UPDATE TO MARYLAND DOMESTIC FAMILY DIVORCE LAW (2018)

UPDATE TO MARYLAND DOMESTIC FAMILY DIVORCE LAW (2018)

Every year, Maryland’s legislature passes new laws that impact many Maryland family law cases. This session, the Maryland legislature passed a significant number of family law related bills into laws.

Here is a look at several new laws that may potentially change your divorce, domestic violence, child support, or other Maryland family law related matter:
A Party can now use the granting of a Maryland Interim Protective Order, Maryland Temporary Protective Order, or Maryland Final Protective Order, as grounds for a limited or absolute divorce in Maryland. (House Bill 293)
This new domestic violence law makes all domestic violence related orders admissible in Maryland custody and Maryland divorce proceedings. Courts may now use grounds for a protective order petition, compliance, or even violations of domestic violence orders when determining if a Party has met their burden for proving grounds for divorce.
A Former Spouse can request restoration to a prior name up to 18 months after an entry of a Judgment of Absolute Divorce, without having to undergo the standard name change process. (House Bill 793)

This new law eliminates the previous requirement related to obtaining a name-change related to a divorce. Previously, a Spouse was required to plead for a name change during the divorce process and make the name change request at the time of the divorce. As long as a party decides to modify or restore their name within 8 months of the decree, the Party can avoid Maryland’s strict and often time-consuming name change requirements.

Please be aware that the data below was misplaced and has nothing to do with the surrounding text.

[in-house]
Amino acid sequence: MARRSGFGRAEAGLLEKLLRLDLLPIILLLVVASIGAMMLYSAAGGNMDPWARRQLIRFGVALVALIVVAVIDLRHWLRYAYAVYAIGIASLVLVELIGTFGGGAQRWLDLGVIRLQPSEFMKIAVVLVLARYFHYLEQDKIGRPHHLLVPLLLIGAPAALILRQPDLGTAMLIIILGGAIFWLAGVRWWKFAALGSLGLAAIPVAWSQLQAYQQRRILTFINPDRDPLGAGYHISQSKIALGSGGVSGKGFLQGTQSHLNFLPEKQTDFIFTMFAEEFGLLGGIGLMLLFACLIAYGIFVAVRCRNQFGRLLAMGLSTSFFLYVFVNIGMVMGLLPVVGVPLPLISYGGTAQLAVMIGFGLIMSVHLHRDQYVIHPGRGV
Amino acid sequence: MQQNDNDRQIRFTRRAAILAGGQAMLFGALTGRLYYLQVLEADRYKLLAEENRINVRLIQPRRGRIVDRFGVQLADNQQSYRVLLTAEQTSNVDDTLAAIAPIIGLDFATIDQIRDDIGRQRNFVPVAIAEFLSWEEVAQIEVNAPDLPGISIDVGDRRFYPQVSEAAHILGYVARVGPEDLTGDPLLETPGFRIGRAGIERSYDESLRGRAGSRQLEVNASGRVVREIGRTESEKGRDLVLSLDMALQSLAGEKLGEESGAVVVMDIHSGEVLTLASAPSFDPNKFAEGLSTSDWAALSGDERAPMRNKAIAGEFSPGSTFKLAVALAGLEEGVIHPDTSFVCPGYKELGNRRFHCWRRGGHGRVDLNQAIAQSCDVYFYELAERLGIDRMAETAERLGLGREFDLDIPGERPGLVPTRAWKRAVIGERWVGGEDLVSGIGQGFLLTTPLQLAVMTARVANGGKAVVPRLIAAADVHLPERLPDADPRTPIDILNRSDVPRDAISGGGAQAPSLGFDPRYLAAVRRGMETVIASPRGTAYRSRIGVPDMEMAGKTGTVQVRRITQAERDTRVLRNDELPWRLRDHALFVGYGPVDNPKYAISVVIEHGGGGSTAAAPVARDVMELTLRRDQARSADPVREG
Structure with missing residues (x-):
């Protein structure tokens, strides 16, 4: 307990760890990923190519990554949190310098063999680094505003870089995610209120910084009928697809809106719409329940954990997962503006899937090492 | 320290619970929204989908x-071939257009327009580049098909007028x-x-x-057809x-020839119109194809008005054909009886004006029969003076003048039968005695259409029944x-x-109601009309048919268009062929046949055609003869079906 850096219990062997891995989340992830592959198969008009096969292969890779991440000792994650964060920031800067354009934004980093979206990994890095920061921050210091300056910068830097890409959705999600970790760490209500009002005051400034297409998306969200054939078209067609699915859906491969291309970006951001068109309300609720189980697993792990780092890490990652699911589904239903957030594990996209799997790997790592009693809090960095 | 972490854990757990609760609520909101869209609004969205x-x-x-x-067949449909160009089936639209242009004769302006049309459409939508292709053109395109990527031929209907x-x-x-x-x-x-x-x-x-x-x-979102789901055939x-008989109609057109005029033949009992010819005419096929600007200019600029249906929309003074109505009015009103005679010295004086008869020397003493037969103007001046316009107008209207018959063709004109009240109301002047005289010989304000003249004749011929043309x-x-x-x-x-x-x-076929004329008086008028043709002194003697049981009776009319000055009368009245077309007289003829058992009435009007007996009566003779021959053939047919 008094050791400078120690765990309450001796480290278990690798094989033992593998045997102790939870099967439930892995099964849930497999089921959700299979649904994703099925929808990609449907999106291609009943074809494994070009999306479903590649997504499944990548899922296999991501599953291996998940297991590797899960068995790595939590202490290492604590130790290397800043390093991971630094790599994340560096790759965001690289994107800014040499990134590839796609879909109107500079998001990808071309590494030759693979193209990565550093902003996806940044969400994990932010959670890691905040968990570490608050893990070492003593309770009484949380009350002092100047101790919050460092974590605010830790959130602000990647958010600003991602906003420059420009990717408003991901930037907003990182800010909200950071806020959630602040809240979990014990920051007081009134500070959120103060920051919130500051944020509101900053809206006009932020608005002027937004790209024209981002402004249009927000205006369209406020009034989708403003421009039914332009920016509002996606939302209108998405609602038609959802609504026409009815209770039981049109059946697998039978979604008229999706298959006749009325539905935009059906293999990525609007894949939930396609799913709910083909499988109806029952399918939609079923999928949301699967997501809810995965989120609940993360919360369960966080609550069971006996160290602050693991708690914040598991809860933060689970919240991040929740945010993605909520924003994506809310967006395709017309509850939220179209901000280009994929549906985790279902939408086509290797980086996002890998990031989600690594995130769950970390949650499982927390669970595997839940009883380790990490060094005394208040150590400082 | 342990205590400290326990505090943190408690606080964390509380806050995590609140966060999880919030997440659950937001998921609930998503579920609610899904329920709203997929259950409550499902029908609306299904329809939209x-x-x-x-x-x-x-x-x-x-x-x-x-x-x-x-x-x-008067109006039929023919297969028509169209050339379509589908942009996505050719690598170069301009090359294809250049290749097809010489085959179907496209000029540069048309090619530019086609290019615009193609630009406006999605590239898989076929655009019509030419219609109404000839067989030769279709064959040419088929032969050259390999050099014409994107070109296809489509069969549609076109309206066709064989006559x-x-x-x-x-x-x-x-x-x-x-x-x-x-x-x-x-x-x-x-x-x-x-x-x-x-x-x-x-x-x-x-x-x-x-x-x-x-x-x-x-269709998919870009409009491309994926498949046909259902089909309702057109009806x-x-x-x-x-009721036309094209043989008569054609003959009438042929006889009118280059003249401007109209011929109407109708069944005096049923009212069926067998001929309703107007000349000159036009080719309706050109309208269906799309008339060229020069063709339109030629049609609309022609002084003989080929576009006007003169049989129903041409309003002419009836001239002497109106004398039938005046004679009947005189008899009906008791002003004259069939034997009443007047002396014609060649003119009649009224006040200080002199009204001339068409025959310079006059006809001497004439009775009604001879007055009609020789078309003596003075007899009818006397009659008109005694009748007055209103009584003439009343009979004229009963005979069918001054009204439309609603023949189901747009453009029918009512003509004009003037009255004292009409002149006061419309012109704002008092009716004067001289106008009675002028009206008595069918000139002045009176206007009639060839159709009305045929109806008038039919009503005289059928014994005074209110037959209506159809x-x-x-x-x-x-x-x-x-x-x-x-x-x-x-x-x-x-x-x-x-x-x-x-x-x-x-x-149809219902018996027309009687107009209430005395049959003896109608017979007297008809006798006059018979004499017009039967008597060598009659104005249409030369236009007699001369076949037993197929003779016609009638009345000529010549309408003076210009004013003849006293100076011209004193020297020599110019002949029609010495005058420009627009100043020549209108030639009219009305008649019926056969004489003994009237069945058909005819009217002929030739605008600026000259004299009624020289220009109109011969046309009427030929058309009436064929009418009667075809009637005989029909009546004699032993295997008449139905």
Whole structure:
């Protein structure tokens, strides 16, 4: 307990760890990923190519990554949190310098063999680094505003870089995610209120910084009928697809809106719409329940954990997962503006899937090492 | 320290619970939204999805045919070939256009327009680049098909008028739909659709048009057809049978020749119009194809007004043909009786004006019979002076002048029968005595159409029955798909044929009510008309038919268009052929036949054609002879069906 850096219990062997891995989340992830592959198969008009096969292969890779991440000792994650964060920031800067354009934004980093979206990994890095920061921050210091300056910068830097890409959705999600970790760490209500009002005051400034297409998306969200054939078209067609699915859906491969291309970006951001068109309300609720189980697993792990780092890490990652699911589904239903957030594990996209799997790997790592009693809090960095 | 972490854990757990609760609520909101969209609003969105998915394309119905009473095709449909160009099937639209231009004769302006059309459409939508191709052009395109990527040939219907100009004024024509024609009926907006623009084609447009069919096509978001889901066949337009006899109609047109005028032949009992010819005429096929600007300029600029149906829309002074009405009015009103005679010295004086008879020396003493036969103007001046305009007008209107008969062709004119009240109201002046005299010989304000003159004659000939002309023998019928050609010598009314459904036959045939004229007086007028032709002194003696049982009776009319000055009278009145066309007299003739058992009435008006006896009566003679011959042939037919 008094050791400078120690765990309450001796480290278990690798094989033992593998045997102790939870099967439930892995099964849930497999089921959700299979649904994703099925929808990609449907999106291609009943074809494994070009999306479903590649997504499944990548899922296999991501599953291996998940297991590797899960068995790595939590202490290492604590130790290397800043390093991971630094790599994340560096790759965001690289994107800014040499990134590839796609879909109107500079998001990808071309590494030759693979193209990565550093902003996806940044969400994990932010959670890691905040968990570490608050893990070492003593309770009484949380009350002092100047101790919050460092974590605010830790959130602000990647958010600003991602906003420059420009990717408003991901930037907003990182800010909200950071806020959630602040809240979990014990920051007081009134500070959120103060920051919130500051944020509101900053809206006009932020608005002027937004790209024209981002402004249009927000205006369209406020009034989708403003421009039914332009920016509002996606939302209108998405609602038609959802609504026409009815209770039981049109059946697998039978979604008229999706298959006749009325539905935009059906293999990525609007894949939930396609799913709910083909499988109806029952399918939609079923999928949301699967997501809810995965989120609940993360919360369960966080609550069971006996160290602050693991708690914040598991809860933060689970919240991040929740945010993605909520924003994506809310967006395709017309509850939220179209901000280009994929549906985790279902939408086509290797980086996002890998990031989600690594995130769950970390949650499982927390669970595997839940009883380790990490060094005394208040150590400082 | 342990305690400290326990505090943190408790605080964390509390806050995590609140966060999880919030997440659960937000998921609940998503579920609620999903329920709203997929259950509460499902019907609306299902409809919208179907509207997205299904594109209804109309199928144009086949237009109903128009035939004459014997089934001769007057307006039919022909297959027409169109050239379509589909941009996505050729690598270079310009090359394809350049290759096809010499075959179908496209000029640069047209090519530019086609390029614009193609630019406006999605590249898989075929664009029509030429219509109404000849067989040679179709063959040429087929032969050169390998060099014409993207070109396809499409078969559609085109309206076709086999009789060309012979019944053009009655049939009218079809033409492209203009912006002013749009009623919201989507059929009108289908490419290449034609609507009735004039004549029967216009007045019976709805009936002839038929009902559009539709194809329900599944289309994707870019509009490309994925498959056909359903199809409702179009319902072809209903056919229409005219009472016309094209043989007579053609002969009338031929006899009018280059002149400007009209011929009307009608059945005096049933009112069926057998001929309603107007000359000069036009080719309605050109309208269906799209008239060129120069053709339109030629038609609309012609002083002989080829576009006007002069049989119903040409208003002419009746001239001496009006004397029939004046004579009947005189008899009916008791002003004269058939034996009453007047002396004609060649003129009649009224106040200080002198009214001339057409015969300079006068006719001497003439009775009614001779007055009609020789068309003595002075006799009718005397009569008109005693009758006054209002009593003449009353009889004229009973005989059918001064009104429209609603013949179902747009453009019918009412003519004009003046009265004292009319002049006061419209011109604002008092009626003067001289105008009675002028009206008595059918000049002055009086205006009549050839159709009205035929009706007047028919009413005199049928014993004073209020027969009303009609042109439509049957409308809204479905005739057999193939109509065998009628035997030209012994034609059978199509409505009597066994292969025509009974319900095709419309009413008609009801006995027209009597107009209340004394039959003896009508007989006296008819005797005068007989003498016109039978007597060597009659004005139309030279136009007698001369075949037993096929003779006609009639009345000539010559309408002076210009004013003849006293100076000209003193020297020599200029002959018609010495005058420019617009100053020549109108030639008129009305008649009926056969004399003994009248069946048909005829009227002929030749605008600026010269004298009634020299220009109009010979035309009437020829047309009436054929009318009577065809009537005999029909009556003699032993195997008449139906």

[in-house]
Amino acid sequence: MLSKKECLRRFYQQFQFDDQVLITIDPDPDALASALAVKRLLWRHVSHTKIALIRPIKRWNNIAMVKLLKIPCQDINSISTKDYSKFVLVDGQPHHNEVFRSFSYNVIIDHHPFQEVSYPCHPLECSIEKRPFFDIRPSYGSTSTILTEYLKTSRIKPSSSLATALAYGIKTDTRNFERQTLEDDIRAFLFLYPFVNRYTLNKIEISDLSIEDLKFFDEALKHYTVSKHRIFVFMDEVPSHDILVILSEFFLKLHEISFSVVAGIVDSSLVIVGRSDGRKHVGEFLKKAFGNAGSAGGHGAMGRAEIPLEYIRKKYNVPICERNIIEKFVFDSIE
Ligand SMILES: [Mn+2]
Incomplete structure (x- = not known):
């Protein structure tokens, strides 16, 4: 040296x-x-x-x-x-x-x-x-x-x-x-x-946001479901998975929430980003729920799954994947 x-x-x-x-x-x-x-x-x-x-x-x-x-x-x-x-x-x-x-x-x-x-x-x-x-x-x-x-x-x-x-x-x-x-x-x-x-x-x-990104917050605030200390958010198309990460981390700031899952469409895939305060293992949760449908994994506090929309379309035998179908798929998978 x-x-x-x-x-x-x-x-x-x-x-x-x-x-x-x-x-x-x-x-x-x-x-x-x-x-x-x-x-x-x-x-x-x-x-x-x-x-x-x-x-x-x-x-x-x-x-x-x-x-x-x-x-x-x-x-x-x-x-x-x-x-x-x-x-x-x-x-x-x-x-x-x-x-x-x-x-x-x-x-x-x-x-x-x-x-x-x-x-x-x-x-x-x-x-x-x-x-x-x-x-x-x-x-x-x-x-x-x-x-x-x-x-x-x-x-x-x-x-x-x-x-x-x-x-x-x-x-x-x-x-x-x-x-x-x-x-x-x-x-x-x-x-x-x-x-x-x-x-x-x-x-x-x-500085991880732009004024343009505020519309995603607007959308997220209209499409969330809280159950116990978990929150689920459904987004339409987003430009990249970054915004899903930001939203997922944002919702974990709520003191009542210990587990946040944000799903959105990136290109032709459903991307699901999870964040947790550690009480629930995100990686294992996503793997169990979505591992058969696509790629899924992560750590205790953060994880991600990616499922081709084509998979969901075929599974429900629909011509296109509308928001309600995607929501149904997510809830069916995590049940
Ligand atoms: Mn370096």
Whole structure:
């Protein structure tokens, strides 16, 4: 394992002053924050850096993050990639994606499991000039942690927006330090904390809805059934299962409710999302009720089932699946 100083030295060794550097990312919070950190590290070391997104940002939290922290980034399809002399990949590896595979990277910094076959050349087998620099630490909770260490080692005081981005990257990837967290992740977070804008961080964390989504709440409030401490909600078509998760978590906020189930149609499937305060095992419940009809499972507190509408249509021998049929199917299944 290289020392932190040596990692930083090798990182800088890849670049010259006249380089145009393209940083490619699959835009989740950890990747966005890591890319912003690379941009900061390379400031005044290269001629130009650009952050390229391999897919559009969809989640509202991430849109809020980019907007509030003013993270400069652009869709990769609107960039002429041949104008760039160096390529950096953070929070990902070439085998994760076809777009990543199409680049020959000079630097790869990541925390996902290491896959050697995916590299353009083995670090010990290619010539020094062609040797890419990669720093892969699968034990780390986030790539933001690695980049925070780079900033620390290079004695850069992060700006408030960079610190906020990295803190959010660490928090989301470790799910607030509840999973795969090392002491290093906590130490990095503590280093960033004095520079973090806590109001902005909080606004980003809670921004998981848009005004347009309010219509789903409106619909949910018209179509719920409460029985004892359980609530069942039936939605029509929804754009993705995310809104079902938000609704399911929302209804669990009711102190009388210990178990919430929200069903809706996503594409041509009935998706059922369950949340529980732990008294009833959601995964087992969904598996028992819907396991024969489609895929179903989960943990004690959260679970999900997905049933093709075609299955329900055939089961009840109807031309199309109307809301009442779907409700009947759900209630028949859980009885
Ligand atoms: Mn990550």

Maryland Courts no longer have the authority to order adult children to contribute to the care and expenses of the adult child’s destitute parent. (House Bill 764)
This legislation repealed the Maryland filial support law. Under the former law, in certain circumstances adult children were required to contribute to the expenses and care of sick and non-self-supporting parents. The law allowed the Maryland Circuit Court and Maryland Assistant State’s Attorney to criminally charge adult children who neglected and refused to financially provide for their parents.

A commercial driver’s license owner may now be behind on child support payments for as many as 120 days before the Maryland Child Support Enforcement can notify the Maryland Vehicle Administration to suspend the commercial driver’s license. (House Bill 1047)

This new child support law extends the time period that a commercial driver’s license may be out of compliance regarding child support payments before the Maryland Child Support Enforcement Administration may notify the Mother Vehicle Administration to suspend the individual’s commercial driver’s license.

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